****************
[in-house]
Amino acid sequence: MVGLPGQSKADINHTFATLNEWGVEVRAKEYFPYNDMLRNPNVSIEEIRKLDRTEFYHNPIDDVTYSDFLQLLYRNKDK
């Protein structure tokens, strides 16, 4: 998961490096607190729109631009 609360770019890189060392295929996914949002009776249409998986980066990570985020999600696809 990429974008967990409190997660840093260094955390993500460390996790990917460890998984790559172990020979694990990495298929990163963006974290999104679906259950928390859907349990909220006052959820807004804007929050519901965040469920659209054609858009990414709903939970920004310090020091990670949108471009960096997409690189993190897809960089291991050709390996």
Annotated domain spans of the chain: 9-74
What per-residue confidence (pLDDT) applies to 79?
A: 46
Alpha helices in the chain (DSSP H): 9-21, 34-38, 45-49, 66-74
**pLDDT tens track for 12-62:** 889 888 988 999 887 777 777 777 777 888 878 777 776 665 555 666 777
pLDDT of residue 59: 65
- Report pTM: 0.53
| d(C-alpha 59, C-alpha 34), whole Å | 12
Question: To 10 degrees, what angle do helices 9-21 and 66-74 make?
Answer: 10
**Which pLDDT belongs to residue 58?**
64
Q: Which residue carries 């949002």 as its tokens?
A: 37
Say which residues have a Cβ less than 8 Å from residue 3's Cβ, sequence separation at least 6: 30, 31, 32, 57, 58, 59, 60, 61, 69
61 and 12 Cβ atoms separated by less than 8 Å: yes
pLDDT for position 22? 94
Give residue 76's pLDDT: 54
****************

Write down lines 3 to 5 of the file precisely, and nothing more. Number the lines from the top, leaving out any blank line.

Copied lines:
């Protein structure tokens, strides 16, 4: 998961490096607190729109631009 609360770019890189060392295929996914949002009776249409998986980066990570985020999600696809 990429974008967990409190997660840093260094955390993500460390996790990917460890998984790559172990020979694990990495298929990163963006974290999104679906259950928390859907349990909220006052959820807004804007929050519901965040469920659209054609858009990414709903939970920004310090020091990670949108471009960096997409690189993190897809960089291991050709390996």
Annotated domain spans of the chain: 9-74
What per-residue confidence (pLDDT) applies to 79?